Maybe Nick Saban could lend Nate Oats and the Alabama athletic administration his moral compass, since they are so clearly lacking their own.
Saban’s suspension of a notable freshman football player following an arrest on drug charges is, by itself, a sharp contrast to Oats’ continuous enabling of Brandon Miller. But it was his reasoning for why, and the specific words he used to explain it, that were a stinging rebuke of Oats and Alabama administrators’ cold-hearted calculation that winning matters more than doing the right thing.
“There’s no such thing as the wrong place at the wrong time,” Saban said Monday.
Only Saban knows whether he was deliberately echoing the words Oats used to excuse Miller’s presence at a shooting that killed a woman. But finally, someone at Alabama has acknowledged there are things more important than NCAA Tournament wins and the five-figure bonuses and TV time that come with them.
Miller, as Oats and his bosses will tell you, has not been charged with any crime or accused of any specific wrongdoing, and that is true. But just because someone is not legally culpable does not mean they are not morally accountable.
The horrific sequence of events that Jan. 14 night would have unfolded in another manner if not for Miller. Had he acted differently, a young woman wouldn’t be dead. Had he made other choices, a former player facing capital murder charges might have a chance at salvaging some of his life.
“You’ve got to be responsible for who you’re with, who you’re around and what you do; who you associate yourself (with) and the situations that you put yourself in,” Saban said. “It is what it is, but there is cause and effect when you make choices and decisions that put you in bad situations.”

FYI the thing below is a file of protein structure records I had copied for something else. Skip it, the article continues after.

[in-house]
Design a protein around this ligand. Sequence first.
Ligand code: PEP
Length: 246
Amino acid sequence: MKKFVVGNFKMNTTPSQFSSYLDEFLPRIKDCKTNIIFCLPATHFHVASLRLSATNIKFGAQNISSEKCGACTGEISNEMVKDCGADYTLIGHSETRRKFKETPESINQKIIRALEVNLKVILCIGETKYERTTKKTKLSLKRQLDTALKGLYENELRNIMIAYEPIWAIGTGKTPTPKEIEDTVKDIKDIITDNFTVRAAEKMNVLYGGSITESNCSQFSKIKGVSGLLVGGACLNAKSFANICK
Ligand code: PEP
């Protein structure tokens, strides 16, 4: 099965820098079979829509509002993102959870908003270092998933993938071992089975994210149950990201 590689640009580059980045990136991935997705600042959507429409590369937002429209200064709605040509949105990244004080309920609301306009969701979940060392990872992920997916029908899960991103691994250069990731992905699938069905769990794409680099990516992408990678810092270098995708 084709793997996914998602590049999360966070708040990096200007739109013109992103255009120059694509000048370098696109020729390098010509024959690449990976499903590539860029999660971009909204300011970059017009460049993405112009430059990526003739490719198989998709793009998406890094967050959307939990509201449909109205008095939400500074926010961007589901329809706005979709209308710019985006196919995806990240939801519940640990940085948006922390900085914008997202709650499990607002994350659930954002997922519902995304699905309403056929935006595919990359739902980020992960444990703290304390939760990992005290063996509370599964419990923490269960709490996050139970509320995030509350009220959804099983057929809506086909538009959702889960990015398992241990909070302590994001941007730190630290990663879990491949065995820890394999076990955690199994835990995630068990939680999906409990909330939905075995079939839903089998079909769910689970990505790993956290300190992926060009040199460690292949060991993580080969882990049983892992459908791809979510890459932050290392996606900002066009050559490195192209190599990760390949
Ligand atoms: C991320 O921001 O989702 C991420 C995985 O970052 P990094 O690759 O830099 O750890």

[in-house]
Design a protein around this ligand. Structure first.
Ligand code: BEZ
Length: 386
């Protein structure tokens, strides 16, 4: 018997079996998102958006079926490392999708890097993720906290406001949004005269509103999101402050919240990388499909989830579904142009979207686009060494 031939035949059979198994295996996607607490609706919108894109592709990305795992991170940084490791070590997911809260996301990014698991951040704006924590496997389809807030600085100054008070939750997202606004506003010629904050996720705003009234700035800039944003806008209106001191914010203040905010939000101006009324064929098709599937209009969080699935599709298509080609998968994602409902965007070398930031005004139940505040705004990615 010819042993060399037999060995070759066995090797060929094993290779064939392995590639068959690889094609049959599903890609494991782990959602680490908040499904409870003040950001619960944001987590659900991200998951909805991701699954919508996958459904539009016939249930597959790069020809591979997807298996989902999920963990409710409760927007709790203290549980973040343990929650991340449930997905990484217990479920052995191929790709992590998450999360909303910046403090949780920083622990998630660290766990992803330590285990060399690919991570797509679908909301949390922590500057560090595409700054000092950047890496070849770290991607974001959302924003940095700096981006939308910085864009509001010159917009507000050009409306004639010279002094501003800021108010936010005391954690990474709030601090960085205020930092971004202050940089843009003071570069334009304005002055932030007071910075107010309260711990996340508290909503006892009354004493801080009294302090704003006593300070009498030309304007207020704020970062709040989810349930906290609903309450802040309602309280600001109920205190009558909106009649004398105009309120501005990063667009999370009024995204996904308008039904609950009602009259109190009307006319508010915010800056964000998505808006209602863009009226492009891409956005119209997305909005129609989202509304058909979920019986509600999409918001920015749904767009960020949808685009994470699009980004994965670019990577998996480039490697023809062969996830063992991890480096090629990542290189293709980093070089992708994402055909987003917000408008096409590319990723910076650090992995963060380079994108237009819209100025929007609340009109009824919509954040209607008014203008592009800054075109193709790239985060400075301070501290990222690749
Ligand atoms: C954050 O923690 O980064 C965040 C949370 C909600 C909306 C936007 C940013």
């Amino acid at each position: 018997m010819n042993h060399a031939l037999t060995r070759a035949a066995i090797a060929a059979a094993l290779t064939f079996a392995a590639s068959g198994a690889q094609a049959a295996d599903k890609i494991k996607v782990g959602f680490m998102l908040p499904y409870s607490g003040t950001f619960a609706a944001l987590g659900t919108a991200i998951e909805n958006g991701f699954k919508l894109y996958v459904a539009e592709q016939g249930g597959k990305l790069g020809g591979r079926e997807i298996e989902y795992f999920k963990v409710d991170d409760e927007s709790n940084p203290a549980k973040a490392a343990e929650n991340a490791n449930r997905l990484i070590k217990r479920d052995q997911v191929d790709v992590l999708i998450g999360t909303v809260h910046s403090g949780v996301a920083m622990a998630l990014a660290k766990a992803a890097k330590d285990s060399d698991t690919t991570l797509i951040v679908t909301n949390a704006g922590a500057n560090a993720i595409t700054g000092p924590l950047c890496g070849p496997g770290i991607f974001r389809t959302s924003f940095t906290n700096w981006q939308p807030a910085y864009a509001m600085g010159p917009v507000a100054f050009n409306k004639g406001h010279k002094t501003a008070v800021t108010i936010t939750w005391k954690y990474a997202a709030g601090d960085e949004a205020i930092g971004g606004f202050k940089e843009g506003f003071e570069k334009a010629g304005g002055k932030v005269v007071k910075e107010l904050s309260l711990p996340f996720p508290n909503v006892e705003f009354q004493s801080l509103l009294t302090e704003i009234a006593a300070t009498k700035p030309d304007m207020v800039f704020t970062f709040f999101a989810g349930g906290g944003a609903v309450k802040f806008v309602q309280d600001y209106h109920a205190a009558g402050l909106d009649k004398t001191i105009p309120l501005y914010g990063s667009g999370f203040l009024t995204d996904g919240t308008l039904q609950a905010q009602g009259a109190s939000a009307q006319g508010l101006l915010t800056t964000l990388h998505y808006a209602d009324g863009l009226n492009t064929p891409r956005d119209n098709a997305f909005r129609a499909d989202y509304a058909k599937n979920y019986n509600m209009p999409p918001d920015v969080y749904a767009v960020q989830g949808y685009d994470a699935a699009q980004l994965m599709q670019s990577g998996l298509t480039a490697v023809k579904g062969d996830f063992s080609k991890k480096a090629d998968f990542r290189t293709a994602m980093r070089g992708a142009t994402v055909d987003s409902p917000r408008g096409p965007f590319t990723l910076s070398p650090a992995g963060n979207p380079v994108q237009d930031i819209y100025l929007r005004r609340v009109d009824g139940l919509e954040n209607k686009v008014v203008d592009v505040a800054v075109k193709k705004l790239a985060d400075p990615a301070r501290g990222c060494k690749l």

Saban was referring to freshman defensive back Tony Mitchell, who was arrested last week and charged with possession of marijuana with intent to sell and/or deliver. A “significant amount of marijuana, a set of scales, a loaded handgun … and a large amount of cash” were found in Mitchell’s car, according to police.
But Saban could easily have been referring to Miller and Oats, too.
By not disciplining Miller at all and downplaying his responsibility, Oats is telling his uber-talented freshman his skills are a get-out-of-jail-free card. So long as Miller can average close to a double-double a game, nothing else he does matters. Who he is doesn’t matter. His character doesn’t matter.
It’s a horrible message to send to a still-impressionable 20-year-old whose career, if he’s lucky, will last 10, maybe 15 years. Miller will spend most of his life as a “former” player, and he’s going to be in for a rude awakening when he discovers the world won’t cut him slack because he used to play Division I basketball.
As for Oats, he might get a fat contract extension if Miller takes him to the Final Four or, God forbid, the national title. But when he looks back 20 years from now, will he recall this season with pride? Or will he feel shame at how quick he was to sell his soul for it?
Some might say it’s easy for Saban to stake out the moral high ground. Football season is still four months away. Mitchell, though a highly touted prospect, remains unproven with the Crimson Tide. With seven national titles, six of which he’s won at Alabama, Saban could throw shade at a room full of the school’s biggest boosters and no one would say a word.
None of that means he’s wrong.
The ease with which Oats and Alabama abandoned all principles because they see Miller as their ticket to a national championship is shameful. The way they’ve treated Miller, as a means to an end rather than a young adult in need of guidance, is callous.
Life is a series of choices, and there are consequences for all of them. With one Alabama coach, at least.
Follow USA TODAY Sports columnist Nancy Armour on Twitter @nrarmour.